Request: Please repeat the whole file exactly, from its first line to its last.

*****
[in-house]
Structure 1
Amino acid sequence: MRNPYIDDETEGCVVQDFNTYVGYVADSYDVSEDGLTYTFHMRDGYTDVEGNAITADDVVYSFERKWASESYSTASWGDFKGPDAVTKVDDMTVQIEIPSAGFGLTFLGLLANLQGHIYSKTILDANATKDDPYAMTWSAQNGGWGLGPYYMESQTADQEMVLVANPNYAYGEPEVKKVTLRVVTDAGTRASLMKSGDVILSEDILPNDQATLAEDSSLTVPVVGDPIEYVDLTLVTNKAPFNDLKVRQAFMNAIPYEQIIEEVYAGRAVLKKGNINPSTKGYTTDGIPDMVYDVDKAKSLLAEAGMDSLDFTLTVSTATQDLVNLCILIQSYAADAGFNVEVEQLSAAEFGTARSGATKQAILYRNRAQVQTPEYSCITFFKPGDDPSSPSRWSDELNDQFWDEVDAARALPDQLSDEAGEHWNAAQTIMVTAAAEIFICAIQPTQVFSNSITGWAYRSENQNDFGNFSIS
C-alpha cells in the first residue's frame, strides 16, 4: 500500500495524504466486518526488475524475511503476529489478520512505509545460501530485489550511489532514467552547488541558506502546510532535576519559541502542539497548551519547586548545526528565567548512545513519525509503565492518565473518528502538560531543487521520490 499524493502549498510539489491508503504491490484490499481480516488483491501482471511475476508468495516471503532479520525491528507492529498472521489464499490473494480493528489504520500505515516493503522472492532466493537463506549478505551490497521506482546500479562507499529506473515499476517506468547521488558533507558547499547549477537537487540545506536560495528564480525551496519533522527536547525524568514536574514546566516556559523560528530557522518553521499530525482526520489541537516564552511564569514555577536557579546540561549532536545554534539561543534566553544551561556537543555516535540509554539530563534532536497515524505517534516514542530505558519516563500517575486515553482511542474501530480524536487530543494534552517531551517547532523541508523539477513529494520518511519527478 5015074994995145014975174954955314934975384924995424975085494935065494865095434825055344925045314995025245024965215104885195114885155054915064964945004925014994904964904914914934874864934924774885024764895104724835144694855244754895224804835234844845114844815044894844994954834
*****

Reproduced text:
[in-house]
Structure 1
Amino acid sequence: MRNPYIDDETEGCVVQDFNTYVGYVADSYDVSEDGLTYTFHMRDGYTDVEGNAITADDVVYSFERKWASESYSTASWGDFKGPDAVTKVDDMTVQIEIPSAGFGLTFLGLLANLQGHIYSKTILDANATKDDPYAMTWSAQNGGWGLGPYYMESQTADQEMVLVANPNYAYGEPEVKKVTLRVVTDAGTRASLMKSGDVILSEDILPNDQATLAEDSSLTVPVVGDPIEYVDLTLVTNKAPFNDLKVRQAFMNAIPYEQIIEEVYAGRAVLKKGNINPSTKGYTTDGIPDMVYDVDKAKSLLAEAGMDSLDFTLTVSTATQDLVNLCILIQSYAADAGFNVEVEQLSAAEFGTARSGATKQAILYRNRAQVQTPEYSCITFFKPGDDPSSPSRWSDELNDQFWDEVDAARALPDQLSDEAGEHWNAAQTIMVTAAAEIFICAIQPTQVFSNSITGWAYRSENQNDFGNFSIS
C-alpha cells in the first residue's frame, strides 16, 4: 500500500495524504466486518526488475524475511503476529489478520512505509545460501530485489550511489532514467552547488541558506502546510532535576519559541502542539497548551519547586548545526528565567548512545513519525509503565492518565473518528502538560531543487521520490 499524493502549498510539489491508503504491490484490499481480516488483491501482471511475476508468495516471503532479520525491528507492529498472521489464499490473494480493528489504520500505515516493503522472492532466493537463506549478505551490497521506482546500479562507499529506473515499476517506468547521488558533507558547499547549477537537487540545506536560495528564480525551496519533522527536547525524568514536574514546566516556559523560528530557522518553521499530525482526520489541537516564552511564569514555577536557579546540561549532536545554534539561543534566553544551561556537543555516535540509554539530563534532536497515524505517534516514542530505558519516563500517575486515553482511542474501530480524536487530543494534552517531551517547532523541508523539477513529494520518511519527478 5015074994995145014975174954955314934975384924995424975085494935065494865095434825055344925045314995025245024965215104885195114885155054915064964945004925014994904964904914914934874864934924774885024764895104724835144694855244754895224804835234844845114844815044894844994954834